Sunday Profile: ‘Service’ could be Dave Sturges’ middle name
From his first job delivering telegrams by bicycle as a teenager in Michigan to his current retirement gig delivering prescription drugs to senior citizens, to countless volunteer efforts in-between, Dave Sturges has dedicated his life to serving others.
In offering some parting comments Thursday upon leaving Glenwood Springs City Council after two terms, Sturges evoked the guiding principle for the Rotary Club, of which he was a longtime member prior to his election — “Service Above Self.”
“That really says a lot about what I believe in, and what’s important,” he said. “I’ve had the privilege of working in federal, state and local government, and a long period in private practice law for corporations.
“But the real heart of my work has always been in the nonprofit public service area,” said Sturges, who views his seven-and-a-half years on council as just another chapter in a lifetime of civic engagement.
He recalled that former longtime Garfield County Commissioner Marian Smith, a devoted public servant herself, once told him, “‘Dave, you’re really a social worker with a law degree.’”
At the time, Garfield County was in hot water with the federal courts for continuing to operate a “little, unconstitutional jail,” in Sturges’ words — famous as the place from which serial killer Ted Bundy had escaped in 1977, and infamous locally during the early 1980s as an often overcrowded, ill-equipped “drunk tank.”
Sturges, who had once served as a legal adviser on criminal justice matters to former Illinois Gov. Dick Ogilvie, remembered meeting with county officials in a downtown Glenwood Springs basement to discuss the situation.
Out of that meeting evolved the county’s jail advisory board, which Sturges volunteered to head and which worked for many years to make sure the jail operated in compliance with a federal court decree while planning to build a new county jail.
That work led to several years serving on the county’s community corrections board, and later work with various nonprofit organizations, including Lift-Up, YouthZone (then Garfield Youth Services) and various legal services.
Sturges, now 74, also had numerous appointments to city boards and commissions, and served on some state boards, including the Colorado Water Quality Control Commission, prior to his time on City Council.
It all started in his native Michigan, where Sturges said he first became aware of the word “service” when his older brother won a high school student service award named in honor of a former principal.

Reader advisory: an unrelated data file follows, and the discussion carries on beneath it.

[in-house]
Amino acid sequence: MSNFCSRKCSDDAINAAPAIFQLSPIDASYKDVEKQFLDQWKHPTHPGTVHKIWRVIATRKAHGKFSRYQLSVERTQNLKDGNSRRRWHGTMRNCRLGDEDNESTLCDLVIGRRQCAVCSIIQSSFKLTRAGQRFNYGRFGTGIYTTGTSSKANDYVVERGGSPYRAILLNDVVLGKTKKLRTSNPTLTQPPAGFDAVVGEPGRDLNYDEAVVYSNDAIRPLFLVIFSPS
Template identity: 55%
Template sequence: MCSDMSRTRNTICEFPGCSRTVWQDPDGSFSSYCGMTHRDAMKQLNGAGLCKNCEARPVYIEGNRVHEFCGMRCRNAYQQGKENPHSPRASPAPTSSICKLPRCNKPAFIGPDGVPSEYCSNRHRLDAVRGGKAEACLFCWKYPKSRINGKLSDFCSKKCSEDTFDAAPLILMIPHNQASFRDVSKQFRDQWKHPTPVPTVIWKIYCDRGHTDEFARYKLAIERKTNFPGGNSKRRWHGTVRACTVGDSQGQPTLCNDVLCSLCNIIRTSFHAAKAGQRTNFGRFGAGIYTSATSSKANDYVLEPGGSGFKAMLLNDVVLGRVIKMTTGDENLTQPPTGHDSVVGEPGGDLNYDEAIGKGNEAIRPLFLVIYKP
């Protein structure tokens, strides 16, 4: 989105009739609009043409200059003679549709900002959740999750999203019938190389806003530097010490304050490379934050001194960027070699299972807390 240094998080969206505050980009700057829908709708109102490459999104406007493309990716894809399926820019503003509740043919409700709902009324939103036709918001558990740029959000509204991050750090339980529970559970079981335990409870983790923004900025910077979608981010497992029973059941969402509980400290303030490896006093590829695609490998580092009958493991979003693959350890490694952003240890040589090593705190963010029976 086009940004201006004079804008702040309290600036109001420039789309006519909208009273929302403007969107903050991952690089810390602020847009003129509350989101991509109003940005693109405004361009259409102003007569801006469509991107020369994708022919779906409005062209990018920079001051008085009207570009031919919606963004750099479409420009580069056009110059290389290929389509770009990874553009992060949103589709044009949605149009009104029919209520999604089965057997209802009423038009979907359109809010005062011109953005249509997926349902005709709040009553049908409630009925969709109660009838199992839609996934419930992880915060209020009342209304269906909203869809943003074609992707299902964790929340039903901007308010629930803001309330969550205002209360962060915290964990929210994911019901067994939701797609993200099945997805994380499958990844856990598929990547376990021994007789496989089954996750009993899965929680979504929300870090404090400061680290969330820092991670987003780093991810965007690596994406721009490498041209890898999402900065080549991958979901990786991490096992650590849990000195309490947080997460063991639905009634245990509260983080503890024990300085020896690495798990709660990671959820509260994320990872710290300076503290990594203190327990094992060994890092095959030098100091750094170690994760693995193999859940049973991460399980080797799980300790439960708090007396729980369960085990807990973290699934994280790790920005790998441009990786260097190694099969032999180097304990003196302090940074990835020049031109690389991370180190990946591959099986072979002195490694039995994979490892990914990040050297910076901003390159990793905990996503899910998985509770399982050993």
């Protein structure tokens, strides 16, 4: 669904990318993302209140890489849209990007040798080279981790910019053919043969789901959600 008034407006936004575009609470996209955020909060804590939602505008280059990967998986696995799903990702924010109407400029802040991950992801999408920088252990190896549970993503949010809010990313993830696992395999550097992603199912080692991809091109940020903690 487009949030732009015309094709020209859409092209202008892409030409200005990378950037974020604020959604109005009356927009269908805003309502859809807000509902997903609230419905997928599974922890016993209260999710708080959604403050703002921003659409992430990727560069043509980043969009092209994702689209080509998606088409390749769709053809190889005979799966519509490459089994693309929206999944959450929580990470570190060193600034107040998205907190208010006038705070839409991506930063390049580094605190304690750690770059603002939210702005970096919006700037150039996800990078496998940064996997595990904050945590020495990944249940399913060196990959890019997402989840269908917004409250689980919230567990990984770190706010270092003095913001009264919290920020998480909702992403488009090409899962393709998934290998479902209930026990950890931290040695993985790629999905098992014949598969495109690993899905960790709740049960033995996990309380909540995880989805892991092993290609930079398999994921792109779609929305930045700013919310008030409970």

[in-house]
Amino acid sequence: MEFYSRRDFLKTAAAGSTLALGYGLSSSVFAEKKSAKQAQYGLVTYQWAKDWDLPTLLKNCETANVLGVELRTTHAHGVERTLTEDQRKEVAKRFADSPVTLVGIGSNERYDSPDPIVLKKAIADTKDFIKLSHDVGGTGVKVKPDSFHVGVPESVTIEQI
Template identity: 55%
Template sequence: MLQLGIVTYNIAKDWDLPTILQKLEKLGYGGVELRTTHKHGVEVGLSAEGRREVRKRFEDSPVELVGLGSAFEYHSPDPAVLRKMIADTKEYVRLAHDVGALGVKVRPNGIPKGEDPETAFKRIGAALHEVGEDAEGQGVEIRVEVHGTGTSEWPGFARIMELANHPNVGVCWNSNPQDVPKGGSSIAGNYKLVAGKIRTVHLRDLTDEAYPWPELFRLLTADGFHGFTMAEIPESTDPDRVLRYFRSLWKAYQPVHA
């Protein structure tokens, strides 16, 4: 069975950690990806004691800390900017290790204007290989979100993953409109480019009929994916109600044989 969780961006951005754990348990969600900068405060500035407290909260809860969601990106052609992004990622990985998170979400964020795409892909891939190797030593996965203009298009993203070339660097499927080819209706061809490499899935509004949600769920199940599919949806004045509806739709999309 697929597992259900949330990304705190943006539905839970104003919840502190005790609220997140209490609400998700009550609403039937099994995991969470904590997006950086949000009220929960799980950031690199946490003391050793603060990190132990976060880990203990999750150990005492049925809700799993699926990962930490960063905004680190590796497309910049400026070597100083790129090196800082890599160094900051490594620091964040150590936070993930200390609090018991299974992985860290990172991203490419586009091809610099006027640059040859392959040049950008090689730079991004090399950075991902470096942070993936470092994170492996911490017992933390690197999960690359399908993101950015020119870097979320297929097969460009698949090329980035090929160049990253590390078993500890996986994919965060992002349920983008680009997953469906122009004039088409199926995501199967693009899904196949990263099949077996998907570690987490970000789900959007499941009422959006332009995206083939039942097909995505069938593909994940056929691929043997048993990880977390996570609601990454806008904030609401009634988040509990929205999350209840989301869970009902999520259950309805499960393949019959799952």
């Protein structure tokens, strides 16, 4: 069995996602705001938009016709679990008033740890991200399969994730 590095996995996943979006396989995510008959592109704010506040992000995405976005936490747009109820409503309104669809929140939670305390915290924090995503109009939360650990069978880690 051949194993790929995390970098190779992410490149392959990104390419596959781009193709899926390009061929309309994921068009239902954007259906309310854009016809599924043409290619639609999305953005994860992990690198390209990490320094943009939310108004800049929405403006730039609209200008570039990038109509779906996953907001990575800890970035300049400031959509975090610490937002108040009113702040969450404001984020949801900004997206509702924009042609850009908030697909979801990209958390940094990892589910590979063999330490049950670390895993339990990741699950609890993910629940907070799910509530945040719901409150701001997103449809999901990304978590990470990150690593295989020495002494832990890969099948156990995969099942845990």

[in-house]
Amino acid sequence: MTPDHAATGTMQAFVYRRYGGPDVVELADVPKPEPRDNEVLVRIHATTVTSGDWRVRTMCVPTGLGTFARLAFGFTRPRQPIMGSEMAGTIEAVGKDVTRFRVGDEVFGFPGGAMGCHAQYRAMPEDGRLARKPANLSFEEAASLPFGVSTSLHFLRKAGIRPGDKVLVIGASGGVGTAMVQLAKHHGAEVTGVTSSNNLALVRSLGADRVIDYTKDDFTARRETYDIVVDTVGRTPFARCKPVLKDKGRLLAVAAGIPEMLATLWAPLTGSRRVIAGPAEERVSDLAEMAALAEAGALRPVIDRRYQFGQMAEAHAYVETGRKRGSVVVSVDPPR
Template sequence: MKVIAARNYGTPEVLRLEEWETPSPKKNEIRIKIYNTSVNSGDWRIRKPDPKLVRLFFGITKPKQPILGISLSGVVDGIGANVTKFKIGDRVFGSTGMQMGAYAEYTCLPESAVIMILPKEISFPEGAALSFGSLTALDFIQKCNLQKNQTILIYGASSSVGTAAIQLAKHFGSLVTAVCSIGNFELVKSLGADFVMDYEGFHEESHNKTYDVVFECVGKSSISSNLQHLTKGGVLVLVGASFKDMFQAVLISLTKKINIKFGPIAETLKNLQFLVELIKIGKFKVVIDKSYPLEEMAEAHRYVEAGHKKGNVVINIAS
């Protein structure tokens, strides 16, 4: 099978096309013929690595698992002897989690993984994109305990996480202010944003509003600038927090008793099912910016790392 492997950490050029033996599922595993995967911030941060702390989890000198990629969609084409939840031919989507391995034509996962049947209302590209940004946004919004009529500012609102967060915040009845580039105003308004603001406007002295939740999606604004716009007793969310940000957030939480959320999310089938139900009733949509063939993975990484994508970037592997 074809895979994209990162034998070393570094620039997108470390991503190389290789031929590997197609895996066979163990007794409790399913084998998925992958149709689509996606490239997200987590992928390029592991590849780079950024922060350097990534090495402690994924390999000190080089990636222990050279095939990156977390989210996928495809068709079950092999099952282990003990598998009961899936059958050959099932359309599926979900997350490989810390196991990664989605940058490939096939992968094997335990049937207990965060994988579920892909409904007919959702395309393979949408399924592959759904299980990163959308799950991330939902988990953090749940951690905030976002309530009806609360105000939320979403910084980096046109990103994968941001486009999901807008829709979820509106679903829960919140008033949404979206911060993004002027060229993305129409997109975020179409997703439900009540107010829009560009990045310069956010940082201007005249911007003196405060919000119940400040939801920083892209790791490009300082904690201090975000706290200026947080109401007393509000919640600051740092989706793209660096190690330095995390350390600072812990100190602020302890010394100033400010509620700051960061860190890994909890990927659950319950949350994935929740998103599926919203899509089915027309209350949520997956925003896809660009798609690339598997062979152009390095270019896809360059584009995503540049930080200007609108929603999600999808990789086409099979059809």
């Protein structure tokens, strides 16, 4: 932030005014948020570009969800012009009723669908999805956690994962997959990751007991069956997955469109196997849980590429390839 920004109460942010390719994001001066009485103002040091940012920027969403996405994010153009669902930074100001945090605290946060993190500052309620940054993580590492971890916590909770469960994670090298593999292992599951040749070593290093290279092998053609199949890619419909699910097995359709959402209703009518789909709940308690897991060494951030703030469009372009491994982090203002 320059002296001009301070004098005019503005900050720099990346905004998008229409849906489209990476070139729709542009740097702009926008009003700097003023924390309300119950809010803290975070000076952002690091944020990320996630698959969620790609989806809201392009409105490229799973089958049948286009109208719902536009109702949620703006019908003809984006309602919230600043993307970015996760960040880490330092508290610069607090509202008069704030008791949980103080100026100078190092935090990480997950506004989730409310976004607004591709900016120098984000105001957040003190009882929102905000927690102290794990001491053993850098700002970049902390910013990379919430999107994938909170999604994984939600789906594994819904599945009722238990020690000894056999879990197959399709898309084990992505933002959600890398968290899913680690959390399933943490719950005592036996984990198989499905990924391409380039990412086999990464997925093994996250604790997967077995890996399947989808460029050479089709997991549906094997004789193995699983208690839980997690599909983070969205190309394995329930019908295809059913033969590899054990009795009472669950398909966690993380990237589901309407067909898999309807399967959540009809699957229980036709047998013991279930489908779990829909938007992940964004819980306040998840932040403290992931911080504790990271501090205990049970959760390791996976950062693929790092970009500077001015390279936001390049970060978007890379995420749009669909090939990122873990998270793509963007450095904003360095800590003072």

“I won that same award when I was a senior in high school,” he said. “From that point on, service, and particularly public service, has been pretty integrated with who I am.”
After graduating from DePauw University in Indiana and earning his law degree from the University of Michigan in 1966, he worked for a time with the legal staff for the Chicago and Northwestern Railroad.
While there, a college friend of his introduced him to the newly elected Gov. Ogilvie, who hired Sturges to join his legal staff. He served for four years as assistant legal counsel to Ogilvie, specializing in criminal justice matters such as extraditions, paroles and pardons.
He stayed on for a short time with the next governor, Dan Walker, then worked in the state’s legal aide office. In 1972, he landed a job with the Federal Energy Administration at the start of the OPEC oil embargo.
“We basically had to come up with a rationing system overnight,” Sturges said of the national energy crisis that ensued.
After two years in that role, he was asked to joined the U.S. Attorney General’s Office in Chicago, working for then Assistant U.S. Attorney “Big” Jim Thompson, who went on to become governor of Illinois in the 1980s.
It was there, while representing the federal government in a major Clean Water Act case against U.S. Steel Corp., that his name got passed along as a prospective corporate attorney.
“I’ve been very fortunate at opportunities in my career, but I’ve always been very cautious,” Sturges said.
When Peabody Coal Co. out of Denver offered him a job, he jumped at the opportunity.